Answering questions about the AJC Peachtree Road Race going virtual

Runners make their way down Peachtree Road during the 50th AJC Peachtree Road Race on Thursday, July 4, 2019, in Atlanta.
Runners make their way down Peachtree Road during the 50th AJC Peachtree Road Race on Thursday, July 4, 2019, in Atlanta.



The Atlanta Track Club announced Wednesday that The Atlanta Journal-Constitution Peachtree Road Race will not be run as an in-person race for the first time ever, dating to the race’s founding in 1970, because of the safety concerns regarding COVID-19. Fans and participants of this cherished Atlanta tradition undoubtedly have questions about the decision. Here are answers to some of them.

Q: What’s happening with the race?

A: In postponing the Peachtree from July 4 to Nov. 26, the track club had hoped that the spread of COVID-19 would be subdued enough to enable the world’s largest 10-kilometer race to be run safely on Thanksgiving Day. But, with the community spread still pervasive in the state of Georgia, the club decided to not run an in-person race but a virtual version instead. Since the race’s inception in 1970, it will be the first time that an in-person Peachtree will not be run.

“As coronavirus has spiked in recent weeks here in Georgia, we recognize that this decision is the best and only responsible way forward,” track club executive director Rich Kenah said in a statement.

Q: How will the virtual Peachtree work?

A: Runners and walkers can design a 6.2-mile course of their choosing. The track club will create an app that will enable participants to track their times and measure their performance against other finishers. The app also will play the sounds of the Peachtree, such as the blessings offered by Rev. Sam Candler of the Cathedral of St. Philip along the race course.

“Those course experiences are what make Peachtree special, and that’s what we’re going to lean into,” Kenah said.

For their race times to be counted, participants must complete their 10K during the 24 hours of Thanksgiving Day.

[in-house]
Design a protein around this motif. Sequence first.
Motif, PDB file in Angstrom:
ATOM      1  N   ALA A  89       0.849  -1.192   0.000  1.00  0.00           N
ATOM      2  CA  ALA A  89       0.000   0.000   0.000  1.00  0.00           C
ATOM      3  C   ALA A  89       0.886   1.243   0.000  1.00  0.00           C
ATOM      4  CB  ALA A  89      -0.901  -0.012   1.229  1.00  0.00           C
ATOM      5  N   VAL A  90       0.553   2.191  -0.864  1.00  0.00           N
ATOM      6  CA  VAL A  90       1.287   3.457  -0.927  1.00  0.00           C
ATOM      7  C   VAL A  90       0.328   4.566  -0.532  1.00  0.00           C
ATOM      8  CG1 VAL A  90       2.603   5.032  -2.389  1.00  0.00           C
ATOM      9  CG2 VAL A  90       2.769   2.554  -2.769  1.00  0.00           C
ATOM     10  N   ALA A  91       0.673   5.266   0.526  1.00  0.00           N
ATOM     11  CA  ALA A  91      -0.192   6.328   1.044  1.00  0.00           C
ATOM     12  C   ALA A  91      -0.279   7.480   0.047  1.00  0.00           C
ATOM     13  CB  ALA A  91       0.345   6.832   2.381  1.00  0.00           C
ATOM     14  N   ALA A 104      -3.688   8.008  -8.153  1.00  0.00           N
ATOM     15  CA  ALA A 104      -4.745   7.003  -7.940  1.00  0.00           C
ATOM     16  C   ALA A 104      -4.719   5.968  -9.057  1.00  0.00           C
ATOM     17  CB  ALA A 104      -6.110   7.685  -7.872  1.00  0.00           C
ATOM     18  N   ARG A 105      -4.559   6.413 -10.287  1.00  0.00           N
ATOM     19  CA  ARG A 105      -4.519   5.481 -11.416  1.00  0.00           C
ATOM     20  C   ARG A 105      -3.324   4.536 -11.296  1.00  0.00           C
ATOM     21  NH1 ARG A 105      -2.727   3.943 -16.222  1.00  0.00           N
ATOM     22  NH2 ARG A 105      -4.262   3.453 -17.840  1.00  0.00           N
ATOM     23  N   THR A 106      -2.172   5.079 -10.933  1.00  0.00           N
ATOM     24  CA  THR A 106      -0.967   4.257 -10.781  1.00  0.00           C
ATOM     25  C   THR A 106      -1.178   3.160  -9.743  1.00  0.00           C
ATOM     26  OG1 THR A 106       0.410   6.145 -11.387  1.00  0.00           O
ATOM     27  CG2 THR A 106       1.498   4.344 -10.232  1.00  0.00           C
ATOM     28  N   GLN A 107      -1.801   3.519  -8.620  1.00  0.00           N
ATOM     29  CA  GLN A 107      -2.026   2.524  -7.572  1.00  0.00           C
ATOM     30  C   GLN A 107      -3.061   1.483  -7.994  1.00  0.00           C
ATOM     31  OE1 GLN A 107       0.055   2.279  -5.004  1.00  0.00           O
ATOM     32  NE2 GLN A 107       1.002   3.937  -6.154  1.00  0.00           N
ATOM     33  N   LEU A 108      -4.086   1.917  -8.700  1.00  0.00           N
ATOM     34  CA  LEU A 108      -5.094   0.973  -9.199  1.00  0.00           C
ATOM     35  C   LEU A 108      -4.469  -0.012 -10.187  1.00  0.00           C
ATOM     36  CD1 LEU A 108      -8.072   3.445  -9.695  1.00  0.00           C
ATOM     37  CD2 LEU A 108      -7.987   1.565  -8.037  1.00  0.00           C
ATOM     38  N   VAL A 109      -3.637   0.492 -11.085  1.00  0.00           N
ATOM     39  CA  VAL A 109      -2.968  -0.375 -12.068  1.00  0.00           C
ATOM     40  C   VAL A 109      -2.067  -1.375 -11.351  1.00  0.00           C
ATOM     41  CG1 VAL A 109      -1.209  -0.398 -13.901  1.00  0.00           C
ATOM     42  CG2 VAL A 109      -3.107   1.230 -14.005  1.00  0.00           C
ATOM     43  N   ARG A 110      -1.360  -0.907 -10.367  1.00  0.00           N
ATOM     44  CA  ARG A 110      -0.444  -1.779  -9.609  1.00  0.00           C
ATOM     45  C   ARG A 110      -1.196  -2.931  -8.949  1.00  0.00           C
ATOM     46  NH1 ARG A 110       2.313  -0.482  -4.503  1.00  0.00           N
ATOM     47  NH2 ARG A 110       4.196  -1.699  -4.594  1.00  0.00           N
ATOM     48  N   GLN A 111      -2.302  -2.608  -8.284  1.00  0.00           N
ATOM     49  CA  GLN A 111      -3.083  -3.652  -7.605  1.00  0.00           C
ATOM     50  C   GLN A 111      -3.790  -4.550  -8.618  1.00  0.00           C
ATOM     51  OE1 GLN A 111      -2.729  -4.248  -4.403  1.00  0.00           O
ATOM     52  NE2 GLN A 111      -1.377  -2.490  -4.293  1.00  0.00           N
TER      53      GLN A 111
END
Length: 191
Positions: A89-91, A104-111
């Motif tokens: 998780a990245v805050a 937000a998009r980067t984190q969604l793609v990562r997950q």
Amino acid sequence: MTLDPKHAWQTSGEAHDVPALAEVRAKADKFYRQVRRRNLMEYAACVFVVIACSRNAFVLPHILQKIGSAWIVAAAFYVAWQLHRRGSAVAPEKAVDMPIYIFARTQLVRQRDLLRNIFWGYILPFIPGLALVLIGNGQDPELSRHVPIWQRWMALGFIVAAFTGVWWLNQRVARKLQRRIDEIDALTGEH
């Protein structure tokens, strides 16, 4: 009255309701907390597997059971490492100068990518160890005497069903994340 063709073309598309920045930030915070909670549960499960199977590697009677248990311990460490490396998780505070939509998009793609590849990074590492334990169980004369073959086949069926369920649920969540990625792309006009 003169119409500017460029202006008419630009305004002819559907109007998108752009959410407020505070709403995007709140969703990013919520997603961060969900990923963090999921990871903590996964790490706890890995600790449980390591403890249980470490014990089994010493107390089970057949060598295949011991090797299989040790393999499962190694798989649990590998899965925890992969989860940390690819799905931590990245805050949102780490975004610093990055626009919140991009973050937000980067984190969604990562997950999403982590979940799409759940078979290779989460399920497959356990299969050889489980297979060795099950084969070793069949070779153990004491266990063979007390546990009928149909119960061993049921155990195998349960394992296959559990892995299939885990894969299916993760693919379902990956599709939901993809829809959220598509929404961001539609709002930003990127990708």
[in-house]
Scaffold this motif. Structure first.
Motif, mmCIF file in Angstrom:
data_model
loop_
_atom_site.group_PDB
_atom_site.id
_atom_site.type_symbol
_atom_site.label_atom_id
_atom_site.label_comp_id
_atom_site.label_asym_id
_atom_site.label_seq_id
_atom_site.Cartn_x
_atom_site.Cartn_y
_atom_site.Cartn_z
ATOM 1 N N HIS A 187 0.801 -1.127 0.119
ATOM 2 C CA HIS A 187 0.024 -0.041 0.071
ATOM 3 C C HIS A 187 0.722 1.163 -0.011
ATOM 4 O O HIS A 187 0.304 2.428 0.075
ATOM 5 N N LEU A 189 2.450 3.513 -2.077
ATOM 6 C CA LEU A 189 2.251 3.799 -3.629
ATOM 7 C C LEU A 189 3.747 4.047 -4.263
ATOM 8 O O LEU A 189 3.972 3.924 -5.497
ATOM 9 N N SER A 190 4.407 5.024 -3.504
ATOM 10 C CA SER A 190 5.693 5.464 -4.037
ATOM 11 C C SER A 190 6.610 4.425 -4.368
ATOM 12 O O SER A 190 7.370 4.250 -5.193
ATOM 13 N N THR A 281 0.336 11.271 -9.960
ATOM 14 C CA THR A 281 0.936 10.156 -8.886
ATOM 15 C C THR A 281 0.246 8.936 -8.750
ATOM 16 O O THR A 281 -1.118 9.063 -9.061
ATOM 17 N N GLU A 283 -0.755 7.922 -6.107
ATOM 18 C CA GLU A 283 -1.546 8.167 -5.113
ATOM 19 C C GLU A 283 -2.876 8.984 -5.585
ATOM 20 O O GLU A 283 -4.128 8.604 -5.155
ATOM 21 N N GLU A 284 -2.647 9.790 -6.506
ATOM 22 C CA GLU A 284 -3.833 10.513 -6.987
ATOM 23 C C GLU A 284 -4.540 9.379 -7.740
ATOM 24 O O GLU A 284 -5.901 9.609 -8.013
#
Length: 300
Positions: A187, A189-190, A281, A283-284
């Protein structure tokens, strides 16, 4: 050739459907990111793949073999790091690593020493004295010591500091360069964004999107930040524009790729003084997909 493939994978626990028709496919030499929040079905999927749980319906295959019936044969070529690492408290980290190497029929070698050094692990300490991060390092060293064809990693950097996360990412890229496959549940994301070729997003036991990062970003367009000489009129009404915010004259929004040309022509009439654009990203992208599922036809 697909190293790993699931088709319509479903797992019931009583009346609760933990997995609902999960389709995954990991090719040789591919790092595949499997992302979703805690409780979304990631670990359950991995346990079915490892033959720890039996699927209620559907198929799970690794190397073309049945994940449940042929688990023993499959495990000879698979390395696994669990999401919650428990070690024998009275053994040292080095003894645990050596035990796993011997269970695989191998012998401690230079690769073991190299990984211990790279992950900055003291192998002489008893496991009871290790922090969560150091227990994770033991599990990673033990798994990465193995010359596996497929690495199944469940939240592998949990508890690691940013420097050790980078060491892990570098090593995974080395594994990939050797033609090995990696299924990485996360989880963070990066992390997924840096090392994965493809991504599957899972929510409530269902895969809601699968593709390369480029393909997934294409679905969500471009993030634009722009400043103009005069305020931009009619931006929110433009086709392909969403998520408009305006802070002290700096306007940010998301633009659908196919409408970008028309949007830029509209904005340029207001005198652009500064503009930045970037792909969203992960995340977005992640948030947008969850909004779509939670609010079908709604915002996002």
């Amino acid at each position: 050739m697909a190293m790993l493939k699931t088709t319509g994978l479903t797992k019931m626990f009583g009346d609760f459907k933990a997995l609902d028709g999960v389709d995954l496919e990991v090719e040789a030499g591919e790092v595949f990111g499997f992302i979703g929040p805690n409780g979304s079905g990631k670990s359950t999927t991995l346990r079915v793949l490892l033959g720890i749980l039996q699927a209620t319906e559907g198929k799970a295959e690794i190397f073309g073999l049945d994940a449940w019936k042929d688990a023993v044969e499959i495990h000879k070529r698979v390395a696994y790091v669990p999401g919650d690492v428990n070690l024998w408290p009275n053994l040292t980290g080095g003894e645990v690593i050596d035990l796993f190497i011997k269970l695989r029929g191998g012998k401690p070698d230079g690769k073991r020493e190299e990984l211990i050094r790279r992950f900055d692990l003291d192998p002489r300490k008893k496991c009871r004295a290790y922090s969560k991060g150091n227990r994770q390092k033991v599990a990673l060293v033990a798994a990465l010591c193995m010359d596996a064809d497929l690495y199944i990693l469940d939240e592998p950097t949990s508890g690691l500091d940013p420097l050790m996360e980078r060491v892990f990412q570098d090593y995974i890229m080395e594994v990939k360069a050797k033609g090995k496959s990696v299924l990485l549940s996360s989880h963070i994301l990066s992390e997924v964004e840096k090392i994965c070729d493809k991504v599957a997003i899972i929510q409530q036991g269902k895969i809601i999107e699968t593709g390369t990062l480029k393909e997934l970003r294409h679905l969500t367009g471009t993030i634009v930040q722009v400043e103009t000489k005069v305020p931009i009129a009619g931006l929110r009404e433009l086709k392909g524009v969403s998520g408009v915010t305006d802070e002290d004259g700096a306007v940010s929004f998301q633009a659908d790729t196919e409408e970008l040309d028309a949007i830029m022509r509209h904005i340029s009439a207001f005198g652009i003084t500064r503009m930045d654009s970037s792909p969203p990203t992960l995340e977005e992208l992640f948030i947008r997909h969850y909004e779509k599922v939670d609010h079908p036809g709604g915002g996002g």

Kenah said that he was confident that, for entrants disappointed by the cancellation of the in-person event, “by the end of the day on Thanksgiving, they’ll be pleased with the outcome and be looking forward to July 4 of 2021.”

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Q: What options did the track club have to run it in-person?

A: The club looked at staging four smaller races over the course of Thanksgiving weekend (Thursday-Sunday) in different parts of metro Atlanta, and spreading the race start over a window of potentially 10 to 12 hours in order to keep runners and walkers socially distanced. They would have also had to supply their own hydration. However, Kenah said, “the scale of the event just made it too difficult.”

Q: How many are entered for the race?

A: About 34,000. There were 45,000 people who registered for the July 4 Peachtree. Of those, about 11,000 chose to run the Peachtree virtually on Independence Day, defer their entry to 2021, donate the $42 entry fee or ask for a refund.

On Aug. 31, the track club will open registration for those who would like to join the field. Registration will remain open until the field fills at the 60,000 cap.

Q: What about the T-shirts?

A: While receiving the finisher’s T-shirt at the end of the race is part of Peachtree tradition, such a possibility is obviously not possible. Instead, the track club will ship the T-shirts, race bibs and what Kenah called “a number of other swag items” to participants before Thanksgiving Day.

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The T-shirts are the same as those created for the July 4 race with an additional screening created for the Thanksgiving event.

Q: Why not a new shirt made specially for the occasion?

A: There were a couple of reasons for not creating a new shirt, Kenah said. One, the design was selected in a vote, and the track club thought it was the right thing to do to stick with that choice. Two, sustainability has become a focus of the track club in recent years, Kenah said, “so trashing 60,000 shirts just didn’t feel right.”

Q: What about 2021?

A: “The assumption that the Atlanta Track Club is making right now is (that) in-person endurance events will continue to be challenged into the first quarter of 2021,” Kenah said. “But by registration period next year, and by July 4, we hope and believe that the reality on the ground here in Atlanta will allow us to return to the tradition that everyone knows and loves.”

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